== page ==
"When I begin to eliminate from the list all those professions which are impossible from a financial point of view and then those which I feel disinclined to - it leaves nothing. "
Wilfred Edward Salter Owen was born on 18th March 1893 in Shropshire. He was educated at the Birkenhead Institute and at Shrewsbury Technical School, and discovered his vocation in 1903 or 1904 during a holiday spent in Cheshire. Owen was raised as an Anglican of the evangelical school, and in his youth was a devout believer, in part due to his strong relationship with his mother, which was to last throughout his life.
His early influences included the 'big six' of romantic poetry, particularly John Keats, and, as with many other writers of the time, the Bible. Shortly after leaving school in 1911, Owen passed the matriculation exam for the University of London, but not with the first-class honours needed for a scholarship, which in his family's circumstances were the only way he could afford to attend.
Prior to the outbreak of World War I, he worked as a private tutor teaching English and French at the Berlitz School of Languages in Bordeaux, France. There he met the older French poet Laurent Tailhade, with whom he later corresponded in French. On 21 October 1915, he enlisted in the Artists' Rifles Officers' Training Corps and on 4th June 1916 he was commissioned as second lieutenant in The Manchester Regiment.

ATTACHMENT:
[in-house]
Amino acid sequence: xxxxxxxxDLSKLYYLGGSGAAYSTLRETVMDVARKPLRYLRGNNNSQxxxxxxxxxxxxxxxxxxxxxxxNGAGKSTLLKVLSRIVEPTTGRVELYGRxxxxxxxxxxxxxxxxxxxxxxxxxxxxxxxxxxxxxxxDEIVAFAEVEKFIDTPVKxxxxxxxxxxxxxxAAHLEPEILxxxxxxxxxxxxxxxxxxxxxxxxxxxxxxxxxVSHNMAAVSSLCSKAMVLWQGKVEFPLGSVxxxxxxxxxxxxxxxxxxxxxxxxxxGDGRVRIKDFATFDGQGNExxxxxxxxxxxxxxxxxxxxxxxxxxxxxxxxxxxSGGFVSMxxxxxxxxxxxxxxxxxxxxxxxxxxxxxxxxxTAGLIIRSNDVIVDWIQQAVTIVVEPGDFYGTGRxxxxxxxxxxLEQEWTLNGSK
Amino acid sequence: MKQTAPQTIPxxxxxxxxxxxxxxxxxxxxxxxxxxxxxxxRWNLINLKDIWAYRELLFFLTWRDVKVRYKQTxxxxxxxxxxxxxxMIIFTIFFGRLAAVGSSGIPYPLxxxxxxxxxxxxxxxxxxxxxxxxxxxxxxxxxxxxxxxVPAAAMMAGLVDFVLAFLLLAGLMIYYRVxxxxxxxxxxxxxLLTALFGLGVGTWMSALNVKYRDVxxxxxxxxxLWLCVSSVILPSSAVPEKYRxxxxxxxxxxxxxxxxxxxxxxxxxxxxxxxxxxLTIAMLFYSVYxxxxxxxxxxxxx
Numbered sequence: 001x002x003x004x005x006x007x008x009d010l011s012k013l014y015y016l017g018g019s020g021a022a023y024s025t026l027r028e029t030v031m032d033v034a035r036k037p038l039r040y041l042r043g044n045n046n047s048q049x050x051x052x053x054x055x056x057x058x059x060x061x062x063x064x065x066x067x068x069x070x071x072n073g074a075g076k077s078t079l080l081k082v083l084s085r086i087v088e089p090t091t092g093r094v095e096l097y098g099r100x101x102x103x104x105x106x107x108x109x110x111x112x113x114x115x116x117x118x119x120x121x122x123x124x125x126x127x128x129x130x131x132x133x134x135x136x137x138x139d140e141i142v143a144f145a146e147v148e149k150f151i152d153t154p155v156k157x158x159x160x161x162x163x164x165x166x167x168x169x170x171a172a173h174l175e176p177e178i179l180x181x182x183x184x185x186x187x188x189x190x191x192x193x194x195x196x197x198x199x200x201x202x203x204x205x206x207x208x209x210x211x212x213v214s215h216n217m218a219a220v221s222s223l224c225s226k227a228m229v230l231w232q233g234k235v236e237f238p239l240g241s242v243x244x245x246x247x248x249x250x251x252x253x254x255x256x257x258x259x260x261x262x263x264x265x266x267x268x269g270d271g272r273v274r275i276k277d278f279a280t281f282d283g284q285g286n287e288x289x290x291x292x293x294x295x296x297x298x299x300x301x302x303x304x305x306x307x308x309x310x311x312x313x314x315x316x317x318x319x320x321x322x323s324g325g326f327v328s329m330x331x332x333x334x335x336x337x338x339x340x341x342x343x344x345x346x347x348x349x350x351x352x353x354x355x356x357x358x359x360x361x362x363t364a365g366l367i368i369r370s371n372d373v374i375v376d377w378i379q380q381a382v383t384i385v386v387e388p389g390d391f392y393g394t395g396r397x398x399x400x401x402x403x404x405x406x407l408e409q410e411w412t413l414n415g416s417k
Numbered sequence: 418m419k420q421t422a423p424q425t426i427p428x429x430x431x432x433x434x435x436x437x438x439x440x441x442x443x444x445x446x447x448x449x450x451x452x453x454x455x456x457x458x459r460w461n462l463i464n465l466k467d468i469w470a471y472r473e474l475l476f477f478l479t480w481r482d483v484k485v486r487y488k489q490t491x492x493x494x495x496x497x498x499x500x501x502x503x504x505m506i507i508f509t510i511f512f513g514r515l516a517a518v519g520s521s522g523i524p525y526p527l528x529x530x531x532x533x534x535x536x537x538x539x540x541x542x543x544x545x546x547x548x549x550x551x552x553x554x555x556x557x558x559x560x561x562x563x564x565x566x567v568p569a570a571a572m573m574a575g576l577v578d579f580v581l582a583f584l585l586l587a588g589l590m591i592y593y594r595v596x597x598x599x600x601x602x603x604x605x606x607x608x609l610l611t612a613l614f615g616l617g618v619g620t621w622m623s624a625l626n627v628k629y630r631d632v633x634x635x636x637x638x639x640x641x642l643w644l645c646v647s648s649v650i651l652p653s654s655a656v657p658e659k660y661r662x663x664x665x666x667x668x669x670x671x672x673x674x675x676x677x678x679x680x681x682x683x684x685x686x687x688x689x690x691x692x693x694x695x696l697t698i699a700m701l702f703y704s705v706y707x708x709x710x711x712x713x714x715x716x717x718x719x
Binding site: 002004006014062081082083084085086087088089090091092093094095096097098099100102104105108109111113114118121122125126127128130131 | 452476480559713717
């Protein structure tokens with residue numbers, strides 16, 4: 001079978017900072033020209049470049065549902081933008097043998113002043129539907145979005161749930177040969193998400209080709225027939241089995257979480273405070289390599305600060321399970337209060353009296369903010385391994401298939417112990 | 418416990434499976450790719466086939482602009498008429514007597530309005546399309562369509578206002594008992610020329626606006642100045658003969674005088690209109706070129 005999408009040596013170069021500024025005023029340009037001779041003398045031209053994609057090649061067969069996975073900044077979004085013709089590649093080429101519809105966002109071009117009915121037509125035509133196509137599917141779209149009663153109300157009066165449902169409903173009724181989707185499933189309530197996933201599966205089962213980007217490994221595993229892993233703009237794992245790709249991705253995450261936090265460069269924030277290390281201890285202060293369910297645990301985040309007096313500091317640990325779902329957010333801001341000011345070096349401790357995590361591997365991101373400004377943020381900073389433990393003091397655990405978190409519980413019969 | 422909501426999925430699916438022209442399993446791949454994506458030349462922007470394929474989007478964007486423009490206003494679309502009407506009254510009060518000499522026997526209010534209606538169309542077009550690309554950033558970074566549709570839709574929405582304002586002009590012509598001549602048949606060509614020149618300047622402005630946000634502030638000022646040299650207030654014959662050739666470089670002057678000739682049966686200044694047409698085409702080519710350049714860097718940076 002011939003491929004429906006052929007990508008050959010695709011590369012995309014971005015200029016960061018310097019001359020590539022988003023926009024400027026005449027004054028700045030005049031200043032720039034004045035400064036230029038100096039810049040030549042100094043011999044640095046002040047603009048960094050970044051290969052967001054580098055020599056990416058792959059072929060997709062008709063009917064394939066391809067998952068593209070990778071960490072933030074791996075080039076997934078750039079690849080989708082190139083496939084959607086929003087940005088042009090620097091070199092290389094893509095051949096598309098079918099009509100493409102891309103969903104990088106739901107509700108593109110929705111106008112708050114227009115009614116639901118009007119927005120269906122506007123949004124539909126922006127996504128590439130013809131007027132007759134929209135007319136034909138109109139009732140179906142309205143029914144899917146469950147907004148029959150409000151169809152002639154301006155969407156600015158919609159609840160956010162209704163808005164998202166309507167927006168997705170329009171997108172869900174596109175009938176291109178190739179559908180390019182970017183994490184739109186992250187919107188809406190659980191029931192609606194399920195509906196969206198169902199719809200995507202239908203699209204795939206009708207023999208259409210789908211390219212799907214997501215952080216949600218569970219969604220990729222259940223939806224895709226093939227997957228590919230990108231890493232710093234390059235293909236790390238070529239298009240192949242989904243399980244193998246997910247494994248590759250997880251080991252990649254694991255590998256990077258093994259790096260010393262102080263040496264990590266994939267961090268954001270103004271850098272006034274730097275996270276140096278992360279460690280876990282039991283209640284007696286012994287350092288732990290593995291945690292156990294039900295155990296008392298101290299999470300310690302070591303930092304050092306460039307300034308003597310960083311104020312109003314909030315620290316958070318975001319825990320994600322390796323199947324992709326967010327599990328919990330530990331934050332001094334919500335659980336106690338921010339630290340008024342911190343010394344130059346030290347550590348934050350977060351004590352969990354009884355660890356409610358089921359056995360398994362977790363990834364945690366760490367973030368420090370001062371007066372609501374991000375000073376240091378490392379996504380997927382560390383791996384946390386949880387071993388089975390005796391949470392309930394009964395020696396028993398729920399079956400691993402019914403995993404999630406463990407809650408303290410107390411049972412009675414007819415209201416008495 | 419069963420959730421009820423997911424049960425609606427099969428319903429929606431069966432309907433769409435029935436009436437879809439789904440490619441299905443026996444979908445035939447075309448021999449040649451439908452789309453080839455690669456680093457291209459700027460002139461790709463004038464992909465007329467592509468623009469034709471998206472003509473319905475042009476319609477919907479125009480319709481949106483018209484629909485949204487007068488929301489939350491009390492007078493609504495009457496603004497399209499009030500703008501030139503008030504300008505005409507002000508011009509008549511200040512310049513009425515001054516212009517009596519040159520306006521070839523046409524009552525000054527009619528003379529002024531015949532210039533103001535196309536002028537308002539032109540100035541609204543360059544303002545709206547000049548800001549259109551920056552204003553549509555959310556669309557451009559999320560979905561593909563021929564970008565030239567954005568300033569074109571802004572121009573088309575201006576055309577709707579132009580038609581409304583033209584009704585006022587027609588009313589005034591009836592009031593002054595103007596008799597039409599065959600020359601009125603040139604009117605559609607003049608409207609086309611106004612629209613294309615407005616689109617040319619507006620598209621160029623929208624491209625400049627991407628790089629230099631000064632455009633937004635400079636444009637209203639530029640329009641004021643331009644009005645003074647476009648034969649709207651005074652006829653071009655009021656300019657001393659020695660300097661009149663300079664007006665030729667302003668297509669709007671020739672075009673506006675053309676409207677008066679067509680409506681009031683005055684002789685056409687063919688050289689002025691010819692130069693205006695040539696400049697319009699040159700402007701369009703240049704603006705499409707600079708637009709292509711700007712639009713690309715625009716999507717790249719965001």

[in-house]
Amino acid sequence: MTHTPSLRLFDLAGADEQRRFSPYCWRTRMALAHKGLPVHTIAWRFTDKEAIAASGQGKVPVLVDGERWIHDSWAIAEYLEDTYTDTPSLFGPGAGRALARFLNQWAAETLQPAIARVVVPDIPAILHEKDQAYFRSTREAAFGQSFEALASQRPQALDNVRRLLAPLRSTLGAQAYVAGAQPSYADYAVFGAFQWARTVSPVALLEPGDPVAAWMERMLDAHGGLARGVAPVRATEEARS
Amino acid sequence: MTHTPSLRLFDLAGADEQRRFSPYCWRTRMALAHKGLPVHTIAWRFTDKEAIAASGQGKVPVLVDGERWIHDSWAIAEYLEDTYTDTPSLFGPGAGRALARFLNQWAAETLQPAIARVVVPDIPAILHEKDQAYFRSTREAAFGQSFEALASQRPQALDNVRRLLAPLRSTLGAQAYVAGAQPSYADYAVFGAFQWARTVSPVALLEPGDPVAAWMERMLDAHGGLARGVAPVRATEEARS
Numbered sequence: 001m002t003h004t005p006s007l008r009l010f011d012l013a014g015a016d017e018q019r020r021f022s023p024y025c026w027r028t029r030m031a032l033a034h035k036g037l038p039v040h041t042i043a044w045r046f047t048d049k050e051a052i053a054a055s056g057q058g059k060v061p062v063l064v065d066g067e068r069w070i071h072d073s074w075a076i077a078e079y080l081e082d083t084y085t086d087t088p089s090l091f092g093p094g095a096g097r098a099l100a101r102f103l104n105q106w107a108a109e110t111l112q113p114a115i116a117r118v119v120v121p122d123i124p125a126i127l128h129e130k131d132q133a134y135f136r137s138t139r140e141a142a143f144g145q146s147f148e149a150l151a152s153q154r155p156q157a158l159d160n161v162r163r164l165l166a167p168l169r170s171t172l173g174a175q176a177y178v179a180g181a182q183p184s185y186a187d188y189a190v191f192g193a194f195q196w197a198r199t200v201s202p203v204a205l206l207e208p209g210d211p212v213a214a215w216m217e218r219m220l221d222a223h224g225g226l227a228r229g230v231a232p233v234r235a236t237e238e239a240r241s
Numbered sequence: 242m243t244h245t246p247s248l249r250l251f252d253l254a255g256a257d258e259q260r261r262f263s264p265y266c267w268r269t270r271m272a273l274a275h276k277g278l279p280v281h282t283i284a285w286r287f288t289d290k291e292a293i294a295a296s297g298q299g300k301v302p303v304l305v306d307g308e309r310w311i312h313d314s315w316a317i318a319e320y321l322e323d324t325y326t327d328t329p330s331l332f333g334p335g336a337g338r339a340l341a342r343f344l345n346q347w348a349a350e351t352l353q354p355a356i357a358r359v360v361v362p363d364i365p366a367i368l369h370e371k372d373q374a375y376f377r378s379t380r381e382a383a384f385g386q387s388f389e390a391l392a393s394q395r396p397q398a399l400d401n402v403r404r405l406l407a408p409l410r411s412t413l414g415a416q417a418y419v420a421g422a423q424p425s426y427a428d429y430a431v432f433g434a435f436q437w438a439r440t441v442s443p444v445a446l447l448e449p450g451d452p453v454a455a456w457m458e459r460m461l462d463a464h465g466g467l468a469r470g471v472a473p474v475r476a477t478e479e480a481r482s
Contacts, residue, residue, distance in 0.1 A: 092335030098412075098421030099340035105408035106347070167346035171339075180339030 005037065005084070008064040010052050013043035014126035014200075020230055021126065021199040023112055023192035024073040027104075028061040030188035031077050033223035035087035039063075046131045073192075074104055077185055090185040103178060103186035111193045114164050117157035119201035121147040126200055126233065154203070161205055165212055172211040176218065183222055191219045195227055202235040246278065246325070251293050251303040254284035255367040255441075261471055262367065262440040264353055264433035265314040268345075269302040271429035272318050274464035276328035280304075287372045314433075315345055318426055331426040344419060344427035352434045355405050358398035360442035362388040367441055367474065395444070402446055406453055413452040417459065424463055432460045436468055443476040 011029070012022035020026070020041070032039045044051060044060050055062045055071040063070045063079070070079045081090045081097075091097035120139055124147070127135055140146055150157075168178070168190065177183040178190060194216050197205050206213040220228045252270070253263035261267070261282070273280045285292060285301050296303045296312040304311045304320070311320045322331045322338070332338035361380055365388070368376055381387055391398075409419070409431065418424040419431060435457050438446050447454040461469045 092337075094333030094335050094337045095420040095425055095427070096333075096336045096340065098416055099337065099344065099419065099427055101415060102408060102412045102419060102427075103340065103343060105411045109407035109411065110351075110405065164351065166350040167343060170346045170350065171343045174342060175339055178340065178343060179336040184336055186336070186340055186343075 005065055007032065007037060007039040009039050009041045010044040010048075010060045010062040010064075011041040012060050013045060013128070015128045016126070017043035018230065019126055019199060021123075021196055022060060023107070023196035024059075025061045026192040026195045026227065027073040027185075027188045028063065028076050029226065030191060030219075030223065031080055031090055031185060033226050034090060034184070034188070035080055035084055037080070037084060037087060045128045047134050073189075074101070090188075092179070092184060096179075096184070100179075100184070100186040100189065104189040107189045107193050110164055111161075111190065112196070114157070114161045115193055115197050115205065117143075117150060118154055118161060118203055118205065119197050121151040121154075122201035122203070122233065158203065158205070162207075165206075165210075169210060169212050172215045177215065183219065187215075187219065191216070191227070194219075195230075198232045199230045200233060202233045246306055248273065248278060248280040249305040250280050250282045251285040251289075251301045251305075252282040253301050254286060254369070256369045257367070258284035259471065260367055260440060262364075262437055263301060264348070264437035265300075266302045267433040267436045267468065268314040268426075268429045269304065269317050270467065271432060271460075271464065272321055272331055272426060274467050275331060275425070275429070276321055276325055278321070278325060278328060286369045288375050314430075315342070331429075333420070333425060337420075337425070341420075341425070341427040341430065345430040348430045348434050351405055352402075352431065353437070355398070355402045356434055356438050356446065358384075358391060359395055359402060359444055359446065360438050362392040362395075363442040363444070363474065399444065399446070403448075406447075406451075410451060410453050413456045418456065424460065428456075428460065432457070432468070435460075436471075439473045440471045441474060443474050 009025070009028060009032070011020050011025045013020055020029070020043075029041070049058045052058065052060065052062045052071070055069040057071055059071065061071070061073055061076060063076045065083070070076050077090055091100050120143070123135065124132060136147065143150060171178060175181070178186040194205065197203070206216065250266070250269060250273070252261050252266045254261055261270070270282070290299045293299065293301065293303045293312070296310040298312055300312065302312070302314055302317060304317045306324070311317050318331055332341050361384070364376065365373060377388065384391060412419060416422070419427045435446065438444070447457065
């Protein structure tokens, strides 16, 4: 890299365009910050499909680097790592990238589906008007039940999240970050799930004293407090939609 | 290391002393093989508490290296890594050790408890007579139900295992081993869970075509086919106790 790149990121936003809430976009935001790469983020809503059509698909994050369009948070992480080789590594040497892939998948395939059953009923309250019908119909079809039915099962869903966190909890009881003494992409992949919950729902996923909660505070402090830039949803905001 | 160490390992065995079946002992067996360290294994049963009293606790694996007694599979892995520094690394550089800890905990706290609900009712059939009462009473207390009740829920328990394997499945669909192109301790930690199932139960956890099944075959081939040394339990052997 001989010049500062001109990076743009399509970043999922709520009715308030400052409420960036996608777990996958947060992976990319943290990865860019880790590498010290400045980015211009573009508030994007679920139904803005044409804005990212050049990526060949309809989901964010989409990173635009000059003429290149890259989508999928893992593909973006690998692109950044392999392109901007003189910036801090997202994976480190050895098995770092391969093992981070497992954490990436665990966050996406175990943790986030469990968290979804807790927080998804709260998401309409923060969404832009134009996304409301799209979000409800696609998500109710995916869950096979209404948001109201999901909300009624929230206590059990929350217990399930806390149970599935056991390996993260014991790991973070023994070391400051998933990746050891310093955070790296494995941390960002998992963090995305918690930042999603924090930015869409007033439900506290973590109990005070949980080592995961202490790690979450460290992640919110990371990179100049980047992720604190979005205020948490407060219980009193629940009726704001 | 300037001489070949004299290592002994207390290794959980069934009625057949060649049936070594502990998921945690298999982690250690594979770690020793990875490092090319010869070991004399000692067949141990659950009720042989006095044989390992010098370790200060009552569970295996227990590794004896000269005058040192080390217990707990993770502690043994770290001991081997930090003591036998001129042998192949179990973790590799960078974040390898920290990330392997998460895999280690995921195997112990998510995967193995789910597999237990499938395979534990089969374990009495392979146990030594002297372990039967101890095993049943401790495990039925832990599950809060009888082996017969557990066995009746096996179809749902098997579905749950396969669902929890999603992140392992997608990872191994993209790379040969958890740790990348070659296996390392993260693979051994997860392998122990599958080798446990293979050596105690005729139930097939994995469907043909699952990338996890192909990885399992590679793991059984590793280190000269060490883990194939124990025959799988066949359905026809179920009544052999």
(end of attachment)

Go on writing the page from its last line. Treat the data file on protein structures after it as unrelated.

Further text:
Owen is regarded by historians as the leading poet of the First World War, known for his war poetry on the horrors of trench and gas warfare. He had been writing poetry for some years before the war, himself dating his poetic beginnings to a stay at Broxton by the Hill, when he was ten years old. In July 1918, Owen returned to active service in France, although he might have stayed on home-duty indefinitely. His decision was almost wholly the result of Sassoon's being sent back to England. Sassoon, who had been shot in the head in a so-called friendly fire incident, was put on sick-leave for the remaining duration of the war. Owen saw it as his patriotic duty to take Sassoon's place at the front. Sassoon was violently opposed to the idea of Owen returning to the trenches, threatening to "stab [him] in the leg" if he tried it. Aware of his attitude, Owen did not inform him of his action until he was once again in France.
Owen was killed in action on 4 November 1918 during the crossing of the Sambre–Oise Canal, exactly one week (almost to the hour) before the signing of the Armistice and was promoted to the rank of Lieutenant the day after his death.
TITLES BY WILFRED OWEN